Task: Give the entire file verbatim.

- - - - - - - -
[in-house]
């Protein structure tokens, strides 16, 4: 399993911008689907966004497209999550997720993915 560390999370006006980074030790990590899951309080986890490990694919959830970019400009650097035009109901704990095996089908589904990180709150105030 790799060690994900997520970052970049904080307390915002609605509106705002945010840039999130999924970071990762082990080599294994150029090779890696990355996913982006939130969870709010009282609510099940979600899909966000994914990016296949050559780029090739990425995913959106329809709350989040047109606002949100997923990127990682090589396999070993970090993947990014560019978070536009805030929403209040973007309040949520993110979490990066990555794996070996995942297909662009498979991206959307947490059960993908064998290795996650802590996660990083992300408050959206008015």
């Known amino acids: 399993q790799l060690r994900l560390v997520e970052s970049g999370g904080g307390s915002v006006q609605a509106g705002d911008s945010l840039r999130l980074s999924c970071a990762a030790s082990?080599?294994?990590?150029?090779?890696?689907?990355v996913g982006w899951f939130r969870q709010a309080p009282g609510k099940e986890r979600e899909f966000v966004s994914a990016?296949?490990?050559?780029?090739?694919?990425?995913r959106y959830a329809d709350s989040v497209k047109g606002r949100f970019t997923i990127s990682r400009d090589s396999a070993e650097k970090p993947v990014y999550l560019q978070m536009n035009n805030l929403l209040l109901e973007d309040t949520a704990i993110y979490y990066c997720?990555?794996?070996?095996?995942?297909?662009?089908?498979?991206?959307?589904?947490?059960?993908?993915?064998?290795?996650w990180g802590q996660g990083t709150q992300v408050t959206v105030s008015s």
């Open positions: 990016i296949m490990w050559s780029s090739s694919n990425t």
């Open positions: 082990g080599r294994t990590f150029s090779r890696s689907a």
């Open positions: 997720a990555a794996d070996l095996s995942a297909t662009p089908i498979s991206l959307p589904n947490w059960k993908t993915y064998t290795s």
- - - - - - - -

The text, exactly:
[in-house]
């Protein structure tokens, strides 16, 4: 399993911008689907966004497209999550997720993915 560390999370006006980074030790990590899951309080986890490990694919959830970019400009650097035009109901704990095996089908589904990180709150105030 790799060690994900997520970052970049904080307390915002609605509106705002945010840039999130999924970071990762082990080599294994150029090779890696990355996913982006939130969870709010009282609510099940979600899909966000994914990016296949050559780029090739990425995913959106329809709350989040047109606002949100997923990127990682090589396999070993970090993947990014560019978070536009805030929403209040973007309040949520993110979490990066990555794996070996995942297909662009498979991206959307947490059960993908064998290795996650802590996660990083992300408050959206008015």
């Known amino acids: 399993q790799l060690r994900l560390v997520e970052s970049g999370g904080g307390s915002v006006q609605a509106g705002d911008s945010l840039r999130l980074s999924c970071a990762a030790s082990?080599?294994?990590?150029?090779?890696?689907?990355v996913g982006w899951f939130r969870q709010a309080p009282g609510k099940e986890r979600e899909f966000v966004s994914a990016?296949?490990?050559?780029?090739?694919?990425?995913r959106y959830a329809d709350s989040v497209k047109g606002r949100f970019t997923i990127s990682r400009d090589s396999a070993e650097k970090p993947v990014y999550l560019q978070m536009n035009n805030l929403l209040l109901e973007d309040t949520a704990i993110y979490y990066c997720?990555?794996?070996?095996?995942?297909?662009?089908?498979?991206?959307?589904?947490?059960?993908?993915?064998?290795?996650w990180g802590q996660g990083t709150q992300v408050t959206v105030s008015s």
């Open positions: 990016i296949m490990w050559s780029s090739s694919n990425t």
């Open positions: 082990g080599r294994t990590f150029s090779r890696s689907a």
């Open positions: 997720a990555a794996d070996l095996s995942a297909t662009p089908i498979s991206l959307p589904n947490w059960k993908t993915y064998t290795s």